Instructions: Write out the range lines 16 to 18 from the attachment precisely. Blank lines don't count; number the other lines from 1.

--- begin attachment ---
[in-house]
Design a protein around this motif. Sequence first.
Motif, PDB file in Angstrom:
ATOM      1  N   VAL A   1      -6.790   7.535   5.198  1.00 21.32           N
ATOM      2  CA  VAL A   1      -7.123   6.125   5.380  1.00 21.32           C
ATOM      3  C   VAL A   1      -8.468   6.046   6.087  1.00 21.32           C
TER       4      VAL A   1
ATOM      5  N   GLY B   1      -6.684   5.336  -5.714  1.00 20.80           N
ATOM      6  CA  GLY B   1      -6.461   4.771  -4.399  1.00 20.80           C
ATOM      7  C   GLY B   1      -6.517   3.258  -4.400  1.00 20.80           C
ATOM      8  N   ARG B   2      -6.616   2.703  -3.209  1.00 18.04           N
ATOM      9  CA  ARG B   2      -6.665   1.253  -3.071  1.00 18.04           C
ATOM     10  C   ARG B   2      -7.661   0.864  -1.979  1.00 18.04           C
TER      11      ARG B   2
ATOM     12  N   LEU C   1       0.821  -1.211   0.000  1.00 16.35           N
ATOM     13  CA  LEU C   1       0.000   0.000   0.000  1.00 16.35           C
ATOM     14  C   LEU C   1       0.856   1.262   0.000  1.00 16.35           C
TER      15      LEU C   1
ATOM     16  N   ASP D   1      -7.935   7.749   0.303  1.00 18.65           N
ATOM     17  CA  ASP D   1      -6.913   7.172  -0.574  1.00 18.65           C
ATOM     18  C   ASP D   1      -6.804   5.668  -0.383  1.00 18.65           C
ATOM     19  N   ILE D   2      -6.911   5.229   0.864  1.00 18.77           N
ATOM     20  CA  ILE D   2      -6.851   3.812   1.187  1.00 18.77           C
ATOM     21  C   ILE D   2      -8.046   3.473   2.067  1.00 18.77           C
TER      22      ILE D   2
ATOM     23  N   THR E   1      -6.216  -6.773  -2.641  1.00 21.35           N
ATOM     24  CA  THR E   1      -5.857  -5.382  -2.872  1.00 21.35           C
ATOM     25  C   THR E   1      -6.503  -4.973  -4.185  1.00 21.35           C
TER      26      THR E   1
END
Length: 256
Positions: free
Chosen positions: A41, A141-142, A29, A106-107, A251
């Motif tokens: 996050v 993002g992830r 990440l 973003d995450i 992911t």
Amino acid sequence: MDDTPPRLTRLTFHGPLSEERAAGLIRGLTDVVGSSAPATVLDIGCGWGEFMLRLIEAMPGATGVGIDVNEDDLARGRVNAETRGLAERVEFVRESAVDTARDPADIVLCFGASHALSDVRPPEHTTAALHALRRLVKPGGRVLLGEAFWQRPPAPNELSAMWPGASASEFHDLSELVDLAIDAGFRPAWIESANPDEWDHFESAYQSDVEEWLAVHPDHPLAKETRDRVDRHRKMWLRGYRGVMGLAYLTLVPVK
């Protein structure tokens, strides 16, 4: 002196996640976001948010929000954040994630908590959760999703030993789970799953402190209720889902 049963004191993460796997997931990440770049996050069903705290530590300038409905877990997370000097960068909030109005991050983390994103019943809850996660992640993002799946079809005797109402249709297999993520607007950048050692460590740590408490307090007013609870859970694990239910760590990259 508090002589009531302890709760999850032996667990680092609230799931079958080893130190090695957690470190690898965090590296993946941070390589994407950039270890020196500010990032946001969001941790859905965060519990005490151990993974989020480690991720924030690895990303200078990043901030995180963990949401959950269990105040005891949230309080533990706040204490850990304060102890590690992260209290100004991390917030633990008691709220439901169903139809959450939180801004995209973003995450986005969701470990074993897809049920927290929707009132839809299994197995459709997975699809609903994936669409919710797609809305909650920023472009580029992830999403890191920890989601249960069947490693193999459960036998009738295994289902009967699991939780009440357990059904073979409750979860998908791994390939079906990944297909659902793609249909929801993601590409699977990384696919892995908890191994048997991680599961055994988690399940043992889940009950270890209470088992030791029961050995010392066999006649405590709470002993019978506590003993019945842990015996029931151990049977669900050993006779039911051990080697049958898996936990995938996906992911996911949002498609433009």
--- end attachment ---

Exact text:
ATOM     13  CA  LEU C   1       0.000   0.000   0.000  1.00 16.35           C
ATOM     14  C   LEU C   1       0.856   1.262   0.000  1.00 16.35           C
TER      15      LEU C   1